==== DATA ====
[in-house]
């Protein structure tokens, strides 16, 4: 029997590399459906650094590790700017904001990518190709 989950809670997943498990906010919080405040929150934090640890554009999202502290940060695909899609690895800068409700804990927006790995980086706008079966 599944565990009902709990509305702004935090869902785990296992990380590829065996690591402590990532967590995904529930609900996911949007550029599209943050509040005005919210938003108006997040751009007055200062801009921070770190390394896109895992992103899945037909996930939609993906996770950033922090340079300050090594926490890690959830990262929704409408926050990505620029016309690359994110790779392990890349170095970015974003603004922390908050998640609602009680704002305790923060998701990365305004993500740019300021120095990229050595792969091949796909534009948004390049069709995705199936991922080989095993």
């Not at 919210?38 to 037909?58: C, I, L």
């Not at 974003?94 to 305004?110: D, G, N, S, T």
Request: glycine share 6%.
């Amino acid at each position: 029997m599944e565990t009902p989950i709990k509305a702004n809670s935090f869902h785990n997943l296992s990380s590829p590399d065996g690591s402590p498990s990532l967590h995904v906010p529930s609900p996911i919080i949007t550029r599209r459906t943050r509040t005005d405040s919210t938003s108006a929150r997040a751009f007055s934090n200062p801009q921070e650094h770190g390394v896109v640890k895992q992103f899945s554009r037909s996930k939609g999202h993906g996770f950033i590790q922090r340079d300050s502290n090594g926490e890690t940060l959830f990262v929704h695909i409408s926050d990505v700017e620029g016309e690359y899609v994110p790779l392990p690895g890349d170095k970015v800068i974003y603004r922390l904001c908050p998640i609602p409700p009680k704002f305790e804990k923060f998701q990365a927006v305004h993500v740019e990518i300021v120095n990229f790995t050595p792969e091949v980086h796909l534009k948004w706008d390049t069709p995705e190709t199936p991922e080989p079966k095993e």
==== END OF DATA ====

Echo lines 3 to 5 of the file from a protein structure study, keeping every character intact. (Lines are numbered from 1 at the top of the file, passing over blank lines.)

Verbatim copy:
């Not at 919210?38 to 037909?58: C, I, L």
């Not at 974003?94 to 305004?110: D, G, N, S, T």
Request: glycine share 6%.